Women require role models, and we need mentors
In this blog, Martha Muhwezi, Executive Director of the Forum for African Women Educationalists (FAWE) discusses female leadership with Jennifer Udeh, Head of Programmes and Partnerships at Education Sub Saharan Africa (ESSA).
We have been trying to find out what leadership means to different women. From your perspective, what does leadership mean to you?
"For me leadership is providing guidance which could be at the institutional level, varying from one institution to another."
There is also visionary leadership in terms of ensuring the organization is spearheaded in a manner to achieve its goals, mission and vision.
This comes across through the work you are doing with FAWE. Is leadership a focus area for the organisation?
The overall leadership of FAWE is a membership organisation so the mandate falls on members who are distinguished women leaders across the continent. The membership elects a board that oversees the implementation of the Africa Mandate on a three- year basis. Also, all that we do is guided by a 5-year strategic plan, in addition to a constitution.
That’s great. In terms of your programmes, are some of your priorities around women leadership?
Yes, we focus on women and girls and our expectation is that they are part of the decision-making process. Our scholarship programme for girls has a leadership element.
"Leadership should be part of the early stages of schooling and the day-to-day life of young people."
Girls tend to shy away from responsibility even when elected to positions, so the programme is about empowering, motivating and encouraging girls to take up leadership positions.
Is there enough information about the attitudes and perspectives of men and how it impacts women’s leadership? are there any gaps in knowledge and evidence?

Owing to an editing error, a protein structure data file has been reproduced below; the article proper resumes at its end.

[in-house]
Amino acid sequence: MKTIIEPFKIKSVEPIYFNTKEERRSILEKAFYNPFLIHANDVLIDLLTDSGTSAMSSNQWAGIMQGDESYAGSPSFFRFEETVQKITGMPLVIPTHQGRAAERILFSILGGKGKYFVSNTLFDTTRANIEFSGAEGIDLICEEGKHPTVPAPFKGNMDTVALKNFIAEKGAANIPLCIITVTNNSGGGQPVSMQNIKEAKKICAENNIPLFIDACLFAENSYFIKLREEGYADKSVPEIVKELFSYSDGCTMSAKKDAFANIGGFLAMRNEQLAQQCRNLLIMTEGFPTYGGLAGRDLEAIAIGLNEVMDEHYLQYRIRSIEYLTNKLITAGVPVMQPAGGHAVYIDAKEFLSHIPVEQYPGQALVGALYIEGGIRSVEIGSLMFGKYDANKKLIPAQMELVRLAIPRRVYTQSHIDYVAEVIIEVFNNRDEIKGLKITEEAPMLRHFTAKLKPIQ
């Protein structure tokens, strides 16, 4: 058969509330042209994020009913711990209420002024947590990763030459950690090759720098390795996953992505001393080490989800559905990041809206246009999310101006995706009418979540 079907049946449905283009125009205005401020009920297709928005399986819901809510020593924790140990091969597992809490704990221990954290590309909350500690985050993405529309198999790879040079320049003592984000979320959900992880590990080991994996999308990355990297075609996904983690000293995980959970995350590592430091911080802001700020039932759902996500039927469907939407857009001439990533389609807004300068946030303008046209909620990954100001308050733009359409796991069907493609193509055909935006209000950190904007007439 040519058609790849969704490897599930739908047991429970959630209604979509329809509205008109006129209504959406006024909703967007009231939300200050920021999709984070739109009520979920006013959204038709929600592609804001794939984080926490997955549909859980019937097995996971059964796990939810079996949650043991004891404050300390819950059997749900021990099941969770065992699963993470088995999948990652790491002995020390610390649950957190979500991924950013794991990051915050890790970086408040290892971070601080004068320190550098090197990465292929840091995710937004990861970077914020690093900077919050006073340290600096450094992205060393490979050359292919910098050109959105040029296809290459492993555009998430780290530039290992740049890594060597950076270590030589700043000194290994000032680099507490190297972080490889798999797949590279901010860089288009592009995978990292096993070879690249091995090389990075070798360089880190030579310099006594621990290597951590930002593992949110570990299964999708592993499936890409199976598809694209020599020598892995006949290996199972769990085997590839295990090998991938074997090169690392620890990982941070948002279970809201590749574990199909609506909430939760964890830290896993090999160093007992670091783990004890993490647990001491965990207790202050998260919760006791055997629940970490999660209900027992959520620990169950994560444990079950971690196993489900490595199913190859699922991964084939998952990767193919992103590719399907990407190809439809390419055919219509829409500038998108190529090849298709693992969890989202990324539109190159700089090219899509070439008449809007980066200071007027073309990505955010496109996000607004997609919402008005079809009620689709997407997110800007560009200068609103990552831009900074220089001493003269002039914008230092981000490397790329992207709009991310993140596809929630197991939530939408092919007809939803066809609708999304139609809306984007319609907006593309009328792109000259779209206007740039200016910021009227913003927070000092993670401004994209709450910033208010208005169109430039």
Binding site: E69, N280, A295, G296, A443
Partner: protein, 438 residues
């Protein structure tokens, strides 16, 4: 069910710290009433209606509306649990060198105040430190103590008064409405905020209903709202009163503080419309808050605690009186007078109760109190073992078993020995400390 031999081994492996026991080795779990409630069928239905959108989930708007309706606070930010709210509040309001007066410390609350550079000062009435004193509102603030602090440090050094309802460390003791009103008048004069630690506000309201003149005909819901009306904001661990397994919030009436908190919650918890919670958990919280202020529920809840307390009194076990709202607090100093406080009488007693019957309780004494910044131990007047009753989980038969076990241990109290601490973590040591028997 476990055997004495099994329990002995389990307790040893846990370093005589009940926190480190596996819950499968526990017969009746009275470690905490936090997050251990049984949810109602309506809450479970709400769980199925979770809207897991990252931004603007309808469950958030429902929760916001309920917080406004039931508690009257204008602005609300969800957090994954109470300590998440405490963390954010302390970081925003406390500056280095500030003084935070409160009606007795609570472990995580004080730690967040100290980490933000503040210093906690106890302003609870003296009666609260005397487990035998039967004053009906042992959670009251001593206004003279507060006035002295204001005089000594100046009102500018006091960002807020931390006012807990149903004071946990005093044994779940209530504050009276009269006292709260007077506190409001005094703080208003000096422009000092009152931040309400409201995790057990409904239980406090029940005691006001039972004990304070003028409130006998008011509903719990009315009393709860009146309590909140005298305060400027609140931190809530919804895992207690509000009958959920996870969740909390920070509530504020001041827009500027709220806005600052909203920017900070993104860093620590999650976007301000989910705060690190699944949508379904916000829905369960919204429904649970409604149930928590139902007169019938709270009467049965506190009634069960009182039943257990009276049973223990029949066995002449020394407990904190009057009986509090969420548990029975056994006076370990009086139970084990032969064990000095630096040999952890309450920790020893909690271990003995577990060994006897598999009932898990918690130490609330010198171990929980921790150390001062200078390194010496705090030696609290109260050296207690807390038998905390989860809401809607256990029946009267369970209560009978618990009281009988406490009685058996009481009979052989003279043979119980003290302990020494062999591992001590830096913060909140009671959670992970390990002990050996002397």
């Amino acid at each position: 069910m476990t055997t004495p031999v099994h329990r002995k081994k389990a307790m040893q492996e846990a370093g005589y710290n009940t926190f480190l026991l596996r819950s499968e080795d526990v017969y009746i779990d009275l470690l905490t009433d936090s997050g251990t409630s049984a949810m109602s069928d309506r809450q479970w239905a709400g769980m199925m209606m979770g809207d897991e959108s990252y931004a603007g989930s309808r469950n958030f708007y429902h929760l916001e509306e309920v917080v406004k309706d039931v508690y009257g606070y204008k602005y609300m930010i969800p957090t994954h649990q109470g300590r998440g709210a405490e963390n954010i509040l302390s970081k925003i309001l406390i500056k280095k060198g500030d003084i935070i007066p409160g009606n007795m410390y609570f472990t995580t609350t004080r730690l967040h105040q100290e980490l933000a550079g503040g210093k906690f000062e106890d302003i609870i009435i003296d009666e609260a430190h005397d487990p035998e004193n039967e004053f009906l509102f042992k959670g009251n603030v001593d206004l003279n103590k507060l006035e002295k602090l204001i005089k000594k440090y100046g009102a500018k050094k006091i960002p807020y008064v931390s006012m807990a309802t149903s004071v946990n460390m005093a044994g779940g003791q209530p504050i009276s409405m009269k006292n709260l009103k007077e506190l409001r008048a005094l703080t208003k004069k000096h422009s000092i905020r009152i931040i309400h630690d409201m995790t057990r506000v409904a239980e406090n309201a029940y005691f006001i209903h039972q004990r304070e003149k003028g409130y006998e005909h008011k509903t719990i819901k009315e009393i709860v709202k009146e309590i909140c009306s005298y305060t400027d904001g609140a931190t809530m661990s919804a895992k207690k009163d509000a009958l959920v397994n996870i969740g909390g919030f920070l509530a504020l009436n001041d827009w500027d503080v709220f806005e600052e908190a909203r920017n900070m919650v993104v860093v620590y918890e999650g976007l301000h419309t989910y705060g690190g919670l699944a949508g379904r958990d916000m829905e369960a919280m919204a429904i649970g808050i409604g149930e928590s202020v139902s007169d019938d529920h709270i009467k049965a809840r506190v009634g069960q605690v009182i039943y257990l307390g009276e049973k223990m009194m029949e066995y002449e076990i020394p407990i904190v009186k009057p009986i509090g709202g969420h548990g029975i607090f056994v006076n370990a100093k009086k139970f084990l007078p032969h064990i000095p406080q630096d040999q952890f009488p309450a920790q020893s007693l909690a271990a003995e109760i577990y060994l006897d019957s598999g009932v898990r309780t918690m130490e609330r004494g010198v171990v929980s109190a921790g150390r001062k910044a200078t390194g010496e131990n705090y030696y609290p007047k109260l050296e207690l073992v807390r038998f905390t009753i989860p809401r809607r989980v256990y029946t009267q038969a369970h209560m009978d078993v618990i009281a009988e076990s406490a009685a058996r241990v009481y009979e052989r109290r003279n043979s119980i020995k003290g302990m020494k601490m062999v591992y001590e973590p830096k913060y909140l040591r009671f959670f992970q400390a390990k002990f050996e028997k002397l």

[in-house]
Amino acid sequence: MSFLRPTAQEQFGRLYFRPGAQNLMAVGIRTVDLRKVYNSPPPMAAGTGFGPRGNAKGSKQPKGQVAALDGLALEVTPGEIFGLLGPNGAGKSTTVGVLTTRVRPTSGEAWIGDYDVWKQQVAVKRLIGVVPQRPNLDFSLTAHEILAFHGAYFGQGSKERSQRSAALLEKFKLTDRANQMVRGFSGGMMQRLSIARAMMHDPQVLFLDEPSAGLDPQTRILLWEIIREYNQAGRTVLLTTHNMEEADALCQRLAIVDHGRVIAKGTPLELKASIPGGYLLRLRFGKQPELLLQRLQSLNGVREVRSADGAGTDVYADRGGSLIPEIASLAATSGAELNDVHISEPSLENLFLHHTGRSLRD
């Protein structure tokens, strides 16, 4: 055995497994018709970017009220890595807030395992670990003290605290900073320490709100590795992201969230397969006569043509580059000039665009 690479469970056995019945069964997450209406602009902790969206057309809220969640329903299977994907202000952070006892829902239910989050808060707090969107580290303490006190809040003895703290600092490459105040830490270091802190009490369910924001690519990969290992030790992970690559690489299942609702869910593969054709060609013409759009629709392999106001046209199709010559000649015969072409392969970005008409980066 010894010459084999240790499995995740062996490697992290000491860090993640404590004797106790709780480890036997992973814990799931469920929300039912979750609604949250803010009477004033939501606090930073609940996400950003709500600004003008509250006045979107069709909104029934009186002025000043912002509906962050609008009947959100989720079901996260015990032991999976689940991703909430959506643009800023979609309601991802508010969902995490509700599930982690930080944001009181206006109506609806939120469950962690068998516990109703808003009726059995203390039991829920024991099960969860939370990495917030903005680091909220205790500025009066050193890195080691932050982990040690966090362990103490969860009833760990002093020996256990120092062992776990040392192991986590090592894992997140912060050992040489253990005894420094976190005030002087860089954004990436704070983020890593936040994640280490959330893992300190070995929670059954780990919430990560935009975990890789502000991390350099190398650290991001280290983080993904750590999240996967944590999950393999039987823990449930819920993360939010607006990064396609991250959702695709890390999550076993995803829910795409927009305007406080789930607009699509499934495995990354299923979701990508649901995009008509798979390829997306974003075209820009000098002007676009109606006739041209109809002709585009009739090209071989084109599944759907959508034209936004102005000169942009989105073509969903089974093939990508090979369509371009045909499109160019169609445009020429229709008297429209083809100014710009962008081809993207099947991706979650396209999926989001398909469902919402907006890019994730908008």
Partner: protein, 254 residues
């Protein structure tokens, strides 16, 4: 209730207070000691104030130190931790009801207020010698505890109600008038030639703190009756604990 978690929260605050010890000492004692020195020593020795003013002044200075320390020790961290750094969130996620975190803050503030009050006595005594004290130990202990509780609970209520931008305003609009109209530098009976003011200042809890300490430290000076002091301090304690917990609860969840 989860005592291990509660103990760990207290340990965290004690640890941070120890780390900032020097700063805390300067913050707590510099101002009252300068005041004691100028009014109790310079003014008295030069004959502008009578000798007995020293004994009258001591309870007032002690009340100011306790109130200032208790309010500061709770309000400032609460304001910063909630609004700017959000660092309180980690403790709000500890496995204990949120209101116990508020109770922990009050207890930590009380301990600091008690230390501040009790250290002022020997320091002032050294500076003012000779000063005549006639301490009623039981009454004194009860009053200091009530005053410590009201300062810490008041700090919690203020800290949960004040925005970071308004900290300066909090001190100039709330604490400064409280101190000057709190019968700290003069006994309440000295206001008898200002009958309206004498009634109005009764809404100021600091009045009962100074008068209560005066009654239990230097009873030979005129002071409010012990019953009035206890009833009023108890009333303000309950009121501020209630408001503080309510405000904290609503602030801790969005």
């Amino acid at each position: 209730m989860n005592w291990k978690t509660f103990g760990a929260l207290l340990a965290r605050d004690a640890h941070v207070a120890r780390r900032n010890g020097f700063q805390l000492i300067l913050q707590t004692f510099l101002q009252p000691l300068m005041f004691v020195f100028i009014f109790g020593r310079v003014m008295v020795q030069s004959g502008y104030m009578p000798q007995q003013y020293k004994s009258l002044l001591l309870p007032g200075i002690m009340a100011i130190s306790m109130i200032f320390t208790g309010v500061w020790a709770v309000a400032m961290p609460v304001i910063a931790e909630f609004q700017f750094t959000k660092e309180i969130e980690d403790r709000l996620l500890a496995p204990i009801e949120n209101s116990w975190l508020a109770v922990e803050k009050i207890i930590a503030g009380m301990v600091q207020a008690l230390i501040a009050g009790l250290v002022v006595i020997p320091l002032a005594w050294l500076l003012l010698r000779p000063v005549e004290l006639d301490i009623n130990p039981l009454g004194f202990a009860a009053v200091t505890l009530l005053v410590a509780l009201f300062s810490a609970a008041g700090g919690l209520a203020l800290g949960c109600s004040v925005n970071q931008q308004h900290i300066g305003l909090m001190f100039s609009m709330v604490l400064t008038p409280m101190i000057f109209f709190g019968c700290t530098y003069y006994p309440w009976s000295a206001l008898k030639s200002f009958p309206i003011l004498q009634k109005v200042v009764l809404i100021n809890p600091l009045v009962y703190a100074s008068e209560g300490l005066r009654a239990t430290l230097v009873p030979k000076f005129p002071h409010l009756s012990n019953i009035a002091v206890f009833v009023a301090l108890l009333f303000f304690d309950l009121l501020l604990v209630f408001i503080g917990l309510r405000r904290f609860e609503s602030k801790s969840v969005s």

I want to believe there is enough data and information that has been collected. I know the higher institutions of learning and research have done a lot in that area and when you go online you will find quite a lot of work. The gap is in the dissemination of information.
"Challenges in leadership and empowerment of women is worse in rural areas than in urban areas."
Information is intended for all including those at the grassroots levels but there is a challenge with sharing information with those who need it most.
is another barrier that women don’t have a network or support system to guide them into their career and leadership journey?
In the past, women were not able to talk about sexual harassment or report it but now we can access the information. There is a level of empowerment that has been passed on to women through role models.
"Women require role models, and we need mentors. One major mentorship component is for women to be each other’s keepers so in every environment it is important to support one another."
One of the programmes we developed was about empowering girls to say and mean ‘no’ and speak out about issues that happen. Women in leadership need respect and should not be looked down upon, they should be seen as people that are rightfully deserving of those positions.
This interview is part of our series of interviews with female leaders in education for International Women’s Day 2021.
Find out more about ESSA’s work using evidence to improve female leadership in education here.